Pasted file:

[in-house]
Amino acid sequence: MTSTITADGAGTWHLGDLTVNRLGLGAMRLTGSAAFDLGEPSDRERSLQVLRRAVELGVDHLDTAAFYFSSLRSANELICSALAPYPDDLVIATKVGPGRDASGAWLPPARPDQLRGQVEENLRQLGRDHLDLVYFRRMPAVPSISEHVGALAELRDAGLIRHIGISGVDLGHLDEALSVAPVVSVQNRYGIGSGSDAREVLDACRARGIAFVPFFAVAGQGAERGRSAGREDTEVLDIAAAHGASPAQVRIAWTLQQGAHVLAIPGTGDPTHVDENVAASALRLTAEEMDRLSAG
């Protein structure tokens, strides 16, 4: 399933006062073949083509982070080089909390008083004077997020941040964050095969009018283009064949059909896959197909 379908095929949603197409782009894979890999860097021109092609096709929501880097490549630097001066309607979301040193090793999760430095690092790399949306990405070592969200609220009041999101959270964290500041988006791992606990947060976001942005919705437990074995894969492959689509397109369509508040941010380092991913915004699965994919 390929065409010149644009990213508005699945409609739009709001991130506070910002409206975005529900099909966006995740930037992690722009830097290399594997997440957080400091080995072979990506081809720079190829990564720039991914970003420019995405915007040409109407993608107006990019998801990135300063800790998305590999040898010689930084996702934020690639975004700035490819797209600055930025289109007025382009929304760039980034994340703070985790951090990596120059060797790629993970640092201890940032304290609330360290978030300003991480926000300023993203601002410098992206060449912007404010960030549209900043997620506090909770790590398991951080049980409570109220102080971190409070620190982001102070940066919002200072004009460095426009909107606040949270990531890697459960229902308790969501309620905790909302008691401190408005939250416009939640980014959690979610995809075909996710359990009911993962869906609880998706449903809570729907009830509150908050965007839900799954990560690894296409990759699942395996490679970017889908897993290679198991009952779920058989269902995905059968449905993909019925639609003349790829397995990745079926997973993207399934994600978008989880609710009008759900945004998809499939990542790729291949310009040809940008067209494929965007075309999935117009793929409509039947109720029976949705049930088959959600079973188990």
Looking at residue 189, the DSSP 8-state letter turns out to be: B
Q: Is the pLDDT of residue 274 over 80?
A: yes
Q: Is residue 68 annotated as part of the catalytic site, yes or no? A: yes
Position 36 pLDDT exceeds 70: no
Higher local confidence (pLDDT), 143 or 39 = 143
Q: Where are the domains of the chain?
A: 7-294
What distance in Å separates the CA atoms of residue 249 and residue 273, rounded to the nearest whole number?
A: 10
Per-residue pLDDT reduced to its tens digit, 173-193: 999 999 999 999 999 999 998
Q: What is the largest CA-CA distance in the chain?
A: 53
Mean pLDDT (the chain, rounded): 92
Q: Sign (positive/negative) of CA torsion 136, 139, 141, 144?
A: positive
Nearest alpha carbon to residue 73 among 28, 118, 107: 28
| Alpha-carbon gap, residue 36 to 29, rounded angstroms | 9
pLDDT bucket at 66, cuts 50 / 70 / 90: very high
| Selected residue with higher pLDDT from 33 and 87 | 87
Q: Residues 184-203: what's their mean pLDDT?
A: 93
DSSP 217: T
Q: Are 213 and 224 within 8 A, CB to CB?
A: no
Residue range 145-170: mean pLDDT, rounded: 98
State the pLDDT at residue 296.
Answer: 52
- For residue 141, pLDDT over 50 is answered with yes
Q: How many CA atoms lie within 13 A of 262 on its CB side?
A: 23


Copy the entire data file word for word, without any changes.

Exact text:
[in-house]
Amino acid sequence: MTSTITADGAGTWHLGDLTVNRLGLGAMRLTGSAAFDLGEPSDRERSLQVLRRAVELGVDHLDTAAFYFSSLRSANELICSALAPYPDDLVIATKVGPGRDASGAWLPPARPDQLRGQVEENLRQLGRDHLDLVYFRRMPAVPSISEHVGALAELRDAGLIRHIGISGVDLGHLDEALSVAPVVSVQNRYGIGSGSDAREVLDACRARGIAFVPFFAVAGQGAERGRSAGREDTEVLDIAAAHGASPAQVRIAWTLQQGAHVLAIPGTGDPTHVDENVAASALRLTAEEMDRLSAG
């Protein structure tokens, strides 16, 4: 399933006062073949083509982070080089909390008083004077997020941040964050095969009018283009064949059909896959197909 379908095929949603197409782009894979890999860097021109092609096709929501880097490549630097001066309607979301040193090793999760430095690092790399949306990405070592969200609220009041999101959270964290500041988006791992606990947060976001942005919705437990074995894969492959689509397109369509508040941010380092991913915004699965994919 390929065409010149644009990213508005699945409609739009709001991130506070910002409206975005529900099909966006995740930037992690722009830097290399594997997440957080400091080995072979990506081809720079190829990564720039991914970003420019995405915007040409109407993608107006990019998801990135300063800790998305590999040898010689930084996702934020690639975004700035490819797209600055930025289109007025382009929304760039980034994340703070985790951090990596120059060797790629993970640092201890940032304290609330360290978030300003991480926000300023993203601002410098992206060449912007404010960030549209900043997620506090909770790590398991951080049980409570109220102080971190409070620190982001102070940066919002200072004009460095426009909107606040949270990531890697459960229902308790969501309620905790909302008691401190408005939250416009939640980014959690979610995809075909996710359990009911993962869906609880998706449903809570729907009830509150908050965007839900799954990560690894296409990759699942395996490679970017889908897993290679198991009952779920058989269902995905059968449905993909019925639609003349790829397995990745079926997973993207399934994600978008989880609710009008759900945004998809499939990542790729291949310009040809940008067209494929965007075309999935117009793929409509039947109720029976949705049930088959959600079973188990």
Looking at residue 189, the DSSP 8-state letter turns out to be: B
Q: Is the pLDDT of residue 274 over 80?
A: yes
Q: Is residue 68 annotated as part of the catalytic site, yes or no? A: yes
Position 36 pLDDT exceeds 70: no
Higher local confidence (pLDDT), 143 or 39 = 143
Q: Where are the domains of the chain?
A: 7-294
What distance in Å separates the CA atoms of residue 249 and residue 273, rounded to the nearest whole number?
A: 10
Per-residue pLDDT reduced to its tens digit, 173-193: 999 999 999 999 999 999 998
Q: What is the largest CA-CA distance in the chain?
A: 53
Mean pLDDT (the chain, rounded): 92
Q: Sign (positive/negative) of CA torsion 136, 139, 141, 144?
A: positive
Nearest alpha carbon to residue 73 among 28, 118, 107: 28
| Alpha-carbon gap, residue 36 to 29, rounded angstroms | 9
pLDDT bucket at 66, cuts 50 / 70 / 90: very high
| Selected residue with higher pLDDT from 33 and 87 | 87
Q: Residues 184-203: what's their mean pLDDT?
A: 93
DSSP 217: T
Q: Are 213 and 224 within 8 A, CB to CB?
A: no
Residue range 145-170: mean pLDDT, rounded: 98
State the pLDDT at residue 296.
Answer: 52
- For residue 141, pLDDT over 50 is answered with yes
Q: How many CA atoms lie within 13 A of 262 on its CB side?
A: 23